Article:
Reviews provided by RottenTomatoes
This is a modest, clear sighted film, and it profits considerably from a lack of the bravura landscape photography that most directors would have used to puff up a movie set in Australia.
New York Times:
My Brilliant Career marks the beginning of exactly that for both the film's daring, assured, high-spirited Australian director, Gillian Armstrong, and its rambunctious young star.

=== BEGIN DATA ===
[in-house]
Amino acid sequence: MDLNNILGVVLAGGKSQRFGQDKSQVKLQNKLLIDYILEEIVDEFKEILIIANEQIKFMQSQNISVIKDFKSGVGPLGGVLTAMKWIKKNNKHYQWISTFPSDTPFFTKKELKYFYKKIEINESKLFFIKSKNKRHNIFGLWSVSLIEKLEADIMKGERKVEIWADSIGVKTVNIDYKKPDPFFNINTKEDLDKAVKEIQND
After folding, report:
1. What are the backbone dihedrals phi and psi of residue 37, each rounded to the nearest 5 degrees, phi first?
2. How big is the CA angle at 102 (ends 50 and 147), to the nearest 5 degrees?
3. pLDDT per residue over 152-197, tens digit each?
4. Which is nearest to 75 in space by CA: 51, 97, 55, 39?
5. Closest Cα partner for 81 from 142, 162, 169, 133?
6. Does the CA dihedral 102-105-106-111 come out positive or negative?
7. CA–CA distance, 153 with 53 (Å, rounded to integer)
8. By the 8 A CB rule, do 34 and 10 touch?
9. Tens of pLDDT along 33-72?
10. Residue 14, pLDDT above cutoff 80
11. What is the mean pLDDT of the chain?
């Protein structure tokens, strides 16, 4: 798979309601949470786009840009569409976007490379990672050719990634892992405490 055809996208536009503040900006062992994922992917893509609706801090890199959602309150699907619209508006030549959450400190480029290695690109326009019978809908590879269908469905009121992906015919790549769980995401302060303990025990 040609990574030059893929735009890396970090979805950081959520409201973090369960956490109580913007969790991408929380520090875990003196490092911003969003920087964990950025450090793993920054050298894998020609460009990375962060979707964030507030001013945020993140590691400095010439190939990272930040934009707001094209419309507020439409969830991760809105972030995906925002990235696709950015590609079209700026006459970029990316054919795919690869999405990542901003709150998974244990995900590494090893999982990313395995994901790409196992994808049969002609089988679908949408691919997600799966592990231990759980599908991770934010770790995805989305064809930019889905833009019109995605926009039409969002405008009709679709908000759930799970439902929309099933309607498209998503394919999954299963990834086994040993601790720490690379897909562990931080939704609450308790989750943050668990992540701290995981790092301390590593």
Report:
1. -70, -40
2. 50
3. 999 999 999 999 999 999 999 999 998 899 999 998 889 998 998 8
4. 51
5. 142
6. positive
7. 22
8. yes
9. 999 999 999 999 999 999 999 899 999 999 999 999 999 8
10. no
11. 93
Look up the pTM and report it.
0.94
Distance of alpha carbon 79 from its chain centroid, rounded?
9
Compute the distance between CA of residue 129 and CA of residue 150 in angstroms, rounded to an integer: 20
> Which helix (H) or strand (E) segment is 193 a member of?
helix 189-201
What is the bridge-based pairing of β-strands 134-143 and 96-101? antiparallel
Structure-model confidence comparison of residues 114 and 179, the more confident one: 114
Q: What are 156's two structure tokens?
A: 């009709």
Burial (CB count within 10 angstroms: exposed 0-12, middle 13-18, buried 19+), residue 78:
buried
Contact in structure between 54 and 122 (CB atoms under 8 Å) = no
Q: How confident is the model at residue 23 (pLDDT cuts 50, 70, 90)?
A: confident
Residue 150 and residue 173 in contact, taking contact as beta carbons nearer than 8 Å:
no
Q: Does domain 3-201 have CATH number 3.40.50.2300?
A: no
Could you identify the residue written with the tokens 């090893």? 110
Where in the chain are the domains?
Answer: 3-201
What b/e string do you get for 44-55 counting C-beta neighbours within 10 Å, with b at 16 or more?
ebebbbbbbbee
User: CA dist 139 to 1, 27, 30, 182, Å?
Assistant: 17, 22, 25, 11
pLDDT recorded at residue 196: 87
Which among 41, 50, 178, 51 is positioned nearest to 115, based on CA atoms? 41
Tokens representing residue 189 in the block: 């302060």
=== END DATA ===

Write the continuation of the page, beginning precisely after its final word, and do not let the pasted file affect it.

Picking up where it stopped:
The action and sentiments are familiar to the point of cliche, and there isn't much life in Gillian Armstrong's academic direction.
The period atmosphere is evoked with careful delicacy, but the characters rarely become more than stereotypes with performances (Judy Davis excepted) to match.
This Australian film is a charming look at 19th-century rural days in general and the stirrings of self-realization and feminine liberation in the persona of a headstrong young girl who wants to go her own way.